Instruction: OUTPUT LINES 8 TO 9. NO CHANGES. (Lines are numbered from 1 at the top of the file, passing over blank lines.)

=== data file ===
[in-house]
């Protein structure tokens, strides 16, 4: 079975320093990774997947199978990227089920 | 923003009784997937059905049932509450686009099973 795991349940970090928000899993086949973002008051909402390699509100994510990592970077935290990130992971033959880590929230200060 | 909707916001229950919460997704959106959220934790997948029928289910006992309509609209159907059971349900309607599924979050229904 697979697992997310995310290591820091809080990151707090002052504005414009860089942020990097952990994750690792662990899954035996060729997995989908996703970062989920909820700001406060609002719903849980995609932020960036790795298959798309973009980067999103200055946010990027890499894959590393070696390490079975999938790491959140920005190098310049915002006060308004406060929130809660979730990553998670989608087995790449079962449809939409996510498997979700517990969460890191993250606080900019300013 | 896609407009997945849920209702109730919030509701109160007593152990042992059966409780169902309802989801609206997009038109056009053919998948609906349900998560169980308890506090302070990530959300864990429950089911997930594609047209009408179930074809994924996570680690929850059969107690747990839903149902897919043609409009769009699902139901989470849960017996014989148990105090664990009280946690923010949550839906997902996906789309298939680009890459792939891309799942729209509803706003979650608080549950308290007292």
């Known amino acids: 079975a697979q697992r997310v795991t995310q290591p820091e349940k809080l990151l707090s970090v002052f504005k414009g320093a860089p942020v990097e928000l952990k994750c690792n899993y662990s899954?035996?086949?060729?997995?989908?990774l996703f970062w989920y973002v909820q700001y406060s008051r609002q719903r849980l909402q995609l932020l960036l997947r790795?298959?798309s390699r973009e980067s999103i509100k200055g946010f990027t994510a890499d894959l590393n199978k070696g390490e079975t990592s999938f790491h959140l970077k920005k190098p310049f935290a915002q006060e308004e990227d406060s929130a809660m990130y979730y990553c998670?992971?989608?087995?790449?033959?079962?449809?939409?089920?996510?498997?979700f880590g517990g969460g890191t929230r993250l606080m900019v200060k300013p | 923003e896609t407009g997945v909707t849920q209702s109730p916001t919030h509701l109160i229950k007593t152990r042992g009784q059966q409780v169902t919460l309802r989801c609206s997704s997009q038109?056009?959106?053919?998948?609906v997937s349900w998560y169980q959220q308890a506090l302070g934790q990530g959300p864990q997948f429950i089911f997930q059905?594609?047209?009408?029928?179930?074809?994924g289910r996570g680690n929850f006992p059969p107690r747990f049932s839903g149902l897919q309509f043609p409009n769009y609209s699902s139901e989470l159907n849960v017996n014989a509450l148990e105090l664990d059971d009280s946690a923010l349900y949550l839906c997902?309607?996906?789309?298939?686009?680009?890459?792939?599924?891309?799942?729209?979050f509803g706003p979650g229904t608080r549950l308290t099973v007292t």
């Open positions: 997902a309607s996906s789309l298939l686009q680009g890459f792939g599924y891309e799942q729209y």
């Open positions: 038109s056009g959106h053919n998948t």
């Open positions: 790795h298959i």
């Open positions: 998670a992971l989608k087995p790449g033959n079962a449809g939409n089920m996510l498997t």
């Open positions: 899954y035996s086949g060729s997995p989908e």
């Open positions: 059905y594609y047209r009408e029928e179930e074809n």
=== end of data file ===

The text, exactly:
């Open positions: 899954y035996s086949g060729s997995p989908e």
């Open positions: 059905y594609y047209r009408e029928e179930e074809n």